Rule #1: Don’t Panic!
Under the Biden Administration’s proposed American Families Tax Plan, there is the possibility of more tax audits, but only for a certain groups of high income people. That’s because more information would be reported to the IRS.
The proposed Biden Plan could increase that substantially because the IRS would be receiving more information. Under the Plan, foreign and domestic financial institutions, crypto-asset exchanges and custodial institutions must report all gross inflows and outflows on personal and business accounts.
Crypto exchanges would report with 1099s, as brokerage houses already do. Inflows and outflows on bank accounts would take the form of an additional report to the treasury.
How likely are you to be audited?
While IRS audits are among taxpayers’ greatest fears, only about one percent of Americans with incomes below one million dollars were audited in 2019. The odds increase as your income goes up – especially if you have business income.
What if you’re selected for an IRS audit?
An IRS Audit is what is known as an impartial review to assess return filing accuracy. The IRS audits returns to determine if income, expenses, and/or credits are being reported accurately.
Generally, the IRS has three years to audit tax returns. Returns filed in the past two to three years get the most attention. If it finds a significant understatement of income, it could look back at up to six years.
Can you just ignore an IRS audit request?
No! Ignoring an IRS audit notice can result in an assessment of additional tax, plus substantial penalties, and interest. If you continue to ignore subsequent IRS notices, you may lose your right to dispute the case in Tax Court, and the IRS can begin trying to collect the tax. They also can extend the period under audit to examine additional years.
An IRS levy permits the legal seizure of your property to satisfy a tax debt. It can garnish wages, take money in your bank or other financial account, seize and sell your vehicle(s), real estate and other personal property
Rule Number One: Don’t panic! There is a process.
An audit does not necessarily mean that a taxpayer tax return was inaccurate. It’s usually the result of statistical sampling.
The IRS audits Individual taxpayer’s accounts and financial information to verify that the information reported is accurate and complies with the tax laws.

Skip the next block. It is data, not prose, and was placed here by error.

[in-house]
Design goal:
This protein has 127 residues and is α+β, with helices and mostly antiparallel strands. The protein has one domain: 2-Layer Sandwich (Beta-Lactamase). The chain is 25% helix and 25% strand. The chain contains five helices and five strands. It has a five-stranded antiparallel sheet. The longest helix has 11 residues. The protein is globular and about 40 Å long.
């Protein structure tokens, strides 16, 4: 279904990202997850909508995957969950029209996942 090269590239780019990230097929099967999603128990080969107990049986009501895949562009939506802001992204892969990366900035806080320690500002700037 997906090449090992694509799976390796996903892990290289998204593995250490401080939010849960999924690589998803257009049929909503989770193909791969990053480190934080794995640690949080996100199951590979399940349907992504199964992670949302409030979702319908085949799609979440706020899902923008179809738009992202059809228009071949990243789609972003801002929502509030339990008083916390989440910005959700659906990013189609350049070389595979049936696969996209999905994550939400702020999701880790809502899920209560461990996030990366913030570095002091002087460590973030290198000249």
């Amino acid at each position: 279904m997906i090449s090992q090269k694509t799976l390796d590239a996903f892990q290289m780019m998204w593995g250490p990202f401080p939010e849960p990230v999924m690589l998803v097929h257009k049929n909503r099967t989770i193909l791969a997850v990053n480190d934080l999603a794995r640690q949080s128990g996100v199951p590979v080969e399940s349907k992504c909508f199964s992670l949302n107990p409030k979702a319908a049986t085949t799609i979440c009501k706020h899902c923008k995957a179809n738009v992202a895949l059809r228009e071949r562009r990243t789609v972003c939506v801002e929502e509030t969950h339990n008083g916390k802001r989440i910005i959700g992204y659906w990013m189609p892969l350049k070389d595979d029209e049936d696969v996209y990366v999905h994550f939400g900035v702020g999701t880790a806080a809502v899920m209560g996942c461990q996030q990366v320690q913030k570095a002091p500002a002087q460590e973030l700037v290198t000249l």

You will ALWAYS be informed of an audit by certified letter – never with phone calls or emails.
Three types of audits
- Correspondence Audit. This usually results from minor mistakes. For example, not attaching a Schedule to the tax return. This requires you to mail information to the IRS. If the information satisfies the IRS, the case will be closed.
- Office Audit. In this case, you are required to bring the tax related information to an IRS office for review. As an example, this type of audit can arise out of a high medical expense deduction. The IRS auditor would want to see the cancelled checks and the medical bills.
- Field Audit. In this case, the IRS agent will visit either your home or place of business to double-check the accuracy of your tax returns.
You are allowed to have representation
In all cases, you can be represented by a licensed CPA, an attorney or an Enrolled Agent.
Be sure your representative has experience:
- providing exactly the information requested by IRS: not more and not less
- analyzing examination reports
- if necessary, requesting the withdrawal of the report and seeking an Information Document Request
- determining whether you acted with reasonable cause and in good faith
- answering IRS questions during an interview with knowledge of your situation
- establishing a working relationship with the IRS
How long do IRS audits take?
The IRS usually starts these audits within a year after you file the return, and wraps them up within three to six months. But expect a delay if you don’t provide complete information or if the auditor finds issues and wants to expand the audit into other areas or years.
Some Audit Survival tips:
Arm yourself with information. Gathering and organizing your information is essential for understanding the process; understand why you were chosen to be audited; know what your responsibilities and rights are and know how to appeal IRS findings.
- If you can’t provide receipts, you have to recreate a history of your business expenses.
- If you are not ready and do not have time to gather all your records, request a postponement.
- Meet with your Representatives to discuss strategies. If you have a Representative, the Representative should answer the Agent’s questions.
- Be prepared, so that the meeting does not result in a more-in-depth audit.
- Make sure that the Auditor is contacted if you are not in agreement with the examination report.
- Try to reach a compromise if you don’t agree with the tax liability.
- Make sure that you are aware of all your Rights as a taxpayer.
- Don’t Lie/Be Truthful